Stop all the clocks, cut off the telephone,
Prevent the dog from barking with a juicy bone,
Silence the pianos and with muffled drum
Welcome the K'nometer. Its time is come.
(Apologies to Mr Auden and anyone else exhibiting artistic sensibilities) But more of this later.
I rolled up to Lewknor 10 minutes before the off, which is most unlike me, to find the pub car park almost full. Cars were parked fairly randomly so as to maximise the misuse of available space. My first thought was that Ken's Orcs (from the Beaconsfield Arms hive) had got wind of Ken, but I found out later that it was just the locals trying to keep strange folk out. For the record, the weather was clear, dry and briskly cool.
Hawkeye hobbled near, asseverating that Lewknor seemed a nice backwater. I pointed out that this was not always the case, as before the building of the bypass, 20 to 30 cars a day would pass through. As if to disprove the point further, 20 to 30 hashers suddenly appeared, right on cue.
The first thing that they wanted to know was how long the hash options were, and should they bring a sleeping bag. Ken assuaged their concerns with consummate ease, waving his arms around to indicate the number four. The shorts breathed a sigh of relief, even though they knew they were being kenned - sorry, conned. And for those that like it longer, the arms signalled that the long option was moor-ish.
We thought that was the end of the briefing, but the arms carried on signalling.
Didcot rules would apply, as Ken was recycling the run on the Sabbath. 3 blobs before calling on-on and 5 at a check before checking.
We quickly found out that Didcot rules are really designed to ensure an even tan in bright sunny weather. On a cold Tuesday night, they have the opposite effect, as any tendency to run is rewarded with extended shivers at each check. You cannot even chat to keep warm, as you then cannot hear the faintest cry of a checker calling the way (especially when the motorway is close by).
Ken also omitted to tell us that Didcot runners are all left-handed, as that was where the flour was. Took some getting used to.
So, we shivered at the pub until we couldn't hear the call to go towards the ridge (where else could we go, you ask).
We got as far as The Knapp, where we had our first L/S split. One lap around the field and we were together again, and climbing. Anthony reported seeing a receding light in the distance above Hill Farm. We found out later that it was Rob H, creating a third way, while we went another. Our way was steep, which found me at the back, party to a conversation (not of my making) extolling the merit of the hashers doing on-backs:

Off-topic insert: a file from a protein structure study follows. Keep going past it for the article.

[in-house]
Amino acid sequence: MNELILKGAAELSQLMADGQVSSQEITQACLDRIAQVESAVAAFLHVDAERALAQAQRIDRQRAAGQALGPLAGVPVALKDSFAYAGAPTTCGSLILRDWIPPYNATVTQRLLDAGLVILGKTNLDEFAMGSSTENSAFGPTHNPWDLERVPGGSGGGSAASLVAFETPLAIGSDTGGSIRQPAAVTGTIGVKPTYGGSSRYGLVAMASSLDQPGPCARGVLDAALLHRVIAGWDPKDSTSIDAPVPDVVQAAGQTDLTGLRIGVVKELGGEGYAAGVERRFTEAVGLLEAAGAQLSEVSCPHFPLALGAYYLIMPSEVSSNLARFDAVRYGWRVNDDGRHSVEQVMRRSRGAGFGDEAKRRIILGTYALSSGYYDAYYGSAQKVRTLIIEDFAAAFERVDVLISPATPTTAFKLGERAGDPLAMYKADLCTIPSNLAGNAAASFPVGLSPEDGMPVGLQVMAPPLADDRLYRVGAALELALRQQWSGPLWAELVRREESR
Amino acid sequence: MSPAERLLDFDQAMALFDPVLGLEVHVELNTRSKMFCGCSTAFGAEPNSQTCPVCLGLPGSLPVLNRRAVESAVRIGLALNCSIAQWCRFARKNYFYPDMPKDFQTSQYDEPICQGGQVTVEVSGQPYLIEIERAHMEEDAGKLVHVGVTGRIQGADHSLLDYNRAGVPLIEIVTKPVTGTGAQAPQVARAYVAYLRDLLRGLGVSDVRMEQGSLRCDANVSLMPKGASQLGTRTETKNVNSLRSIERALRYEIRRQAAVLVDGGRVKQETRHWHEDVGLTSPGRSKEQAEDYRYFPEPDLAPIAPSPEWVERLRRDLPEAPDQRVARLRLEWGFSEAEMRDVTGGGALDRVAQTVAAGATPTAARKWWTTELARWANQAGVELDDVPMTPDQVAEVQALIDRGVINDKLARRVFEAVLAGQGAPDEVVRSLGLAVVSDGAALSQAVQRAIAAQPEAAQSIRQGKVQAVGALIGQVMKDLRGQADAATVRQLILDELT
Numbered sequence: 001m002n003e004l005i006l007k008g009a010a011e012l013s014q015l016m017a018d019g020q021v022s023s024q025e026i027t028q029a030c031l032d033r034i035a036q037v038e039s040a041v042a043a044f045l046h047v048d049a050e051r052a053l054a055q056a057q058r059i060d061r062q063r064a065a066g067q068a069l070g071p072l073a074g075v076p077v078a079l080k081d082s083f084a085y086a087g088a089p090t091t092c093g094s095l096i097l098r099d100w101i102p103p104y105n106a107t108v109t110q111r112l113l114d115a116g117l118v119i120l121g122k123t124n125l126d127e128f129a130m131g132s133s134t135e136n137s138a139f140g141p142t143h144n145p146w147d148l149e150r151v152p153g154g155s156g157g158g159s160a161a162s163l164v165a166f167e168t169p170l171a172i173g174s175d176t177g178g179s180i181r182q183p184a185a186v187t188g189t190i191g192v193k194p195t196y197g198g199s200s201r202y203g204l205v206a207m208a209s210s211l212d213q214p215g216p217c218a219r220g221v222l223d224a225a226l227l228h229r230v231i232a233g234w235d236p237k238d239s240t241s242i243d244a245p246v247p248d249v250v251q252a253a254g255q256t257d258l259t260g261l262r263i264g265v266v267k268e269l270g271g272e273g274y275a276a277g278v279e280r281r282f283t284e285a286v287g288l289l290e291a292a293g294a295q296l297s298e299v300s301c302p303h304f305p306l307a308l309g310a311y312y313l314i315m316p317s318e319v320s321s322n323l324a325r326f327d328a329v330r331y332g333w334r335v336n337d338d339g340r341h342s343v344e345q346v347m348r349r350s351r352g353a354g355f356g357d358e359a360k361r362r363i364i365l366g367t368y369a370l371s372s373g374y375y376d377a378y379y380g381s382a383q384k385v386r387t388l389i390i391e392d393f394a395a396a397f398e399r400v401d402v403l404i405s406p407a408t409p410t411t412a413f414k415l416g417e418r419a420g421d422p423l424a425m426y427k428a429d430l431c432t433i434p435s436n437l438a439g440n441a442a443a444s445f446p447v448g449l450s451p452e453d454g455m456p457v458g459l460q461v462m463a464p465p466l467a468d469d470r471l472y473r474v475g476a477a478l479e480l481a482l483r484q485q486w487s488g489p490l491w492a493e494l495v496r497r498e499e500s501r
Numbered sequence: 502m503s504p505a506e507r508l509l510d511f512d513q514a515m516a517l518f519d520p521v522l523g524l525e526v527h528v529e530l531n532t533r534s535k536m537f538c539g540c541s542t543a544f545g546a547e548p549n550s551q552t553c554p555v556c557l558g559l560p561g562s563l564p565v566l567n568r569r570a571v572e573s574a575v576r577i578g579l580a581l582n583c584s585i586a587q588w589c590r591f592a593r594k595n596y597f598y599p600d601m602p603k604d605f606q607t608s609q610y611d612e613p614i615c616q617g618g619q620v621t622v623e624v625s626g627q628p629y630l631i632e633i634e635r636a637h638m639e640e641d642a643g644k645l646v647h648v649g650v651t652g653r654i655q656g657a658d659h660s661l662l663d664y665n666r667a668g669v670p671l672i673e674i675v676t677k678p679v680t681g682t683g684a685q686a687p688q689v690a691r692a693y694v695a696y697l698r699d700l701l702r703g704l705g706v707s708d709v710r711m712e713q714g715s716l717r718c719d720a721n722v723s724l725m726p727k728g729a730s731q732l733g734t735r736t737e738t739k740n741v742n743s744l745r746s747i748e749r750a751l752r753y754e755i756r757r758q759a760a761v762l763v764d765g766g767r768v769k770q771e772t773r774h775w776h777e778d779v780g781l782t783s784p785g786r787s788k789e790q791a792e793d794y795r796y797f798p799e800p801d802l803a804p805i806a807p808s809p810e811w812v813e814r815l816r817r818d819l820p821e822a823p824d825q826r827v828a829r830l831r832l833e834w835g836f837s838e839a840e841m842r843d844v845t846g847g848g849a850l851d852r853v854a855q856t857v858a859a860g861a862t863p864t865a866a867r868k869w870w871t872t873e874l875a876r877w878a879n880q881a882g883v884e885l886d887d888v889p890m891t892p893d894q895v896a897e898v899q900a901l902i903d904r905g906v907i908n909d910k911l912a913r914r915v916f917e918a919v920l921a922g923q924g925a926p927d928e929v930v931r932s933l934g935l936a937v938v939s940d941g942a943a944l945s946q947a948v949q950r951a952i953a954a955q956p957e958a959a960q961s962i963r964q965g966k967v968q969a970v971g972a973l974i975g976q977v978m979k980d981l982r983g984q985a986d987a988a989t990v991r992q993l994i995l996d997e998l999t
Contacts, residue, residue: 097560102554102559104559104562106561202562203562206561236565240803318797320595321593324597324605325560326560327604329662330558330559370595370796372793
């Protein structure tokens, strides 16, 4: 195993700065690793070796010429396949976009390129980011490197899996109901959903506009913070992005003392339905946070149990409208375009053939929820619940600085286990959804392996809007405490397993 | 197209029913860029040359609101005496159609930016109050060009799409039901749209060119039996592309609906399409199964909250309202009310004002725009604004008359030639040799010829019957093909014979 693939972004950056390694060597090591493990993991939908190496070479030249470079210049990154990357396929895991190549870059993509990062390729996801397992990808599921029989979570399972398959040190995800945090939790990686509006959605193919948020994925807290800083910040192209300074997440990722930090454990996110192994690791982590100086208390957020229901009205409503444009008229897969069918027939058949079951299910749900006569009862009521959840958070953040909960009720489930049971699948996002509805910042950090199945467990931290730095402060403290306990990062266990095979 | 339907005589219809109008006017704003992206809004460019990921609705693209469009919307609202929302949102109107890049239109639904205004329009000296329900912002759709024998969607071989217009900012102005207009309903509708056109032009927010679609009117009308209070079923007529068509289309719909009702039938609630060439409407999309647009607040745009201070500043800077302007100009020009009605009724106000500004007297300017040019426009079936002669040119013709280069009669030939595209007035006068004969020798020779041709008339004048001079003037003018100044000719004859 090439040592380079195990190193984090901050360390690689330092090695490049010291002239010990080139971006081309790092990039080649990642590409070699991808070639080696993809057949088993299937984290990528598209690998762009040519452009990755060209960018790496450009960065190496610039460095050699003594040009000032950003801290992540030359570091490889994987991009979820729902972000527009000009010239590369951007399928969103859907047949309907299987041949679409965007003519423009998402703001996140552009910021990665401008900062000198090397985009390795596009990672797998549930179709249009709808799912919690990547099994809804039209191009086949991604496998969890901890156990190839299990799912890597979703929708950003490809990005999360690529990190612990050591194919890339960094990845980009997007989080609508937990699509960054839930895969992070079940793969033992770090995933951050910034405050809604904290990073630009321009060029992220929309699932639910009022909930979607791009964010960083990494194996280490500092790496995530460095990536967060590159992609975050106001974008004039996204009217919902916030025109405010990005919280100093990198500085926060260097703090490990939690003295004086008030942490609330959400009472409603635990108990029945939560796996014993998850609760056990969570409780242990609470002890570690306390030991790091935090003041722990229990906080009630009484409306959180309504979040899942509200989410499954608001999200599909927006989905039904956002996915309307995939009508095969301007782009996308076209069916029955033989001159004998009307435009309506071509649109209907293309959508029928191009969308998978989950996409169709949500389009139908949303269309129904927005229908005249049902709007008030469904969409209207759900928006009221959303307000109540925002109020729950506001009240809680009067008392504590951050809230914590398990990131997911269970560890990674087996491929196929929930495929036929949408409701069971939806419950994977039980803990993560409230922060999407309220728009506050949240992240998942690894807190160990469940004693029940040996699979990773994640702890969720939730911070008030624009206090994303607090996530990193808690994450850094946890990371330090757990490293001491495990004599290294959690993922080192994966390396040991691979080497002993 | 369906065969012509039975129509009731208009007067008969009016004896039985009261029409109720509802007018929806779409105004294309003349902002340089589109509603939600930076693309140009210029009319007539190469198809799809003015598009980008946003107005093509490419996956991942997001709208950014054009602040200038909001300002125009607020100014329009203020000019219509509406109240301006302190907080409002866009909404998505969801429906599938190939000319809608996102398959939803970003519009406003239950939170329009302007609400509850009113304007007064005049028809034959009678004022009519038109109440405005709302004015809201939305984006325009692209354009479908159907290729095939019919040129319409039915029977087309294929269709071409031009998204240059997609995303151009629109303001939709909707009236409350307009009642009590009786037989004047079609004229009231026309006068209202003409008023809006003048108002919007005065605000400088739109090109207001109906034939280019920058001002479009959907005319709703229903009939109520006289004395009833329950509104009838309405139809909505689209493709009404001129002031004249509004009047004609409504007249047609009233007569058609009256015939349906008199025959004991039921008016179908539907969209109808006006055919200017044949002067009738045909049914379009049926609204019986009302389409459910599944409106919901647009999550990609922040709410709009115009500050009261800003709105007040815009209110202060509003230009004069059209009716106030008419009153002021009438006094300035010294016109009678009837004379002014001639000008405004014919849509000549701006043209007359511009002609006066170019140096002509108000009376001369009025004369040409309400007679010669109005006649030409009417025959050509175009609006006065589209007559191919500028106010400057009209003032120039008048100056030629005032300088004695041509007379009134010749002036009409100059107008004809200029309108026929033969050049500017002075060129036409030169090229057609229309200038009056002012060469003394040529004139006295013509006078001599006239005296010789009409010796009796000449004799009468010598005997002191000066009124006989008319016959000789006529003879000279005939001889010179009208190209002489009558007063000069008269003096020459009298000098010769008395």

"Nice face, shame about the body".
"Nice body, shame about about the face".
(The commentary did not differentiate between gender.)
"Nice body, nice body".
"Hands off, you cheeky caaaaa. That's my Kev!"
50 Shades of Grey came up in conversation. I said that I had only read 12 pages before I put the book down. Couldn't stand the writing style.
My companions said they got a bit further, then stopped. "Why", I asked. "Batteries", was the reply. "What?" "Yeah, flat batteries".
Fortunately, we soon got to the next split, and parted company.
The Longs hit Cowleaze wood, then traversed a mass of contours down to Lower Vicar's Farm (a prize for the best explanation of a "lower vicar". A vicar that moos?) and the same mass of contours as we climbed again.
The sound of the motorway got louder and louder. Fortunately, there were no more checks to not hear the on-on, until we got to Grant's Plantation.
Kev, who is local, informed me that doggers used the car park we were running through.
"What's dogging?", I asked. Kev explained it thus.
"It's a bit like a car boot sale. People bring their old tat, and try to exchange it for someone else's old tat. Then they take their old tat back. But no money changes hands." I didn't realise how much people in Stokenchurch were into recycling. They must get something out of it. We ran on swiftly, to avoid a similar fate. All excepting Anthony, who hobbled and skipped, after Sarah and Sarah, on the quickest way back.
The last descent took us on a convoluted, corrugated track around, and down, Beacon Hill, where the slope was a sea of bright green eyes (sheep) and no sign of Deefor. Was there going to be a "Twist" in the tail/tale? Nah. Just a very long on-inn along alternative route "H" under the motorway.
In the pub, we were segregated into a cosy bar on the right, reserved for "Outsiders". Good beer. Good chips. Pretty expensive lime and soda.
Now the revelation hinted at the beginning of the page.
The Kenometer has, for once, conformed to an imperial measure. I measured the short at 4.7 miles and the long at 6.5 miles and this is as close as Ken has ever got in his pre-hash prediction. Must be more Didcot rules being adhered to. But, great run all the same.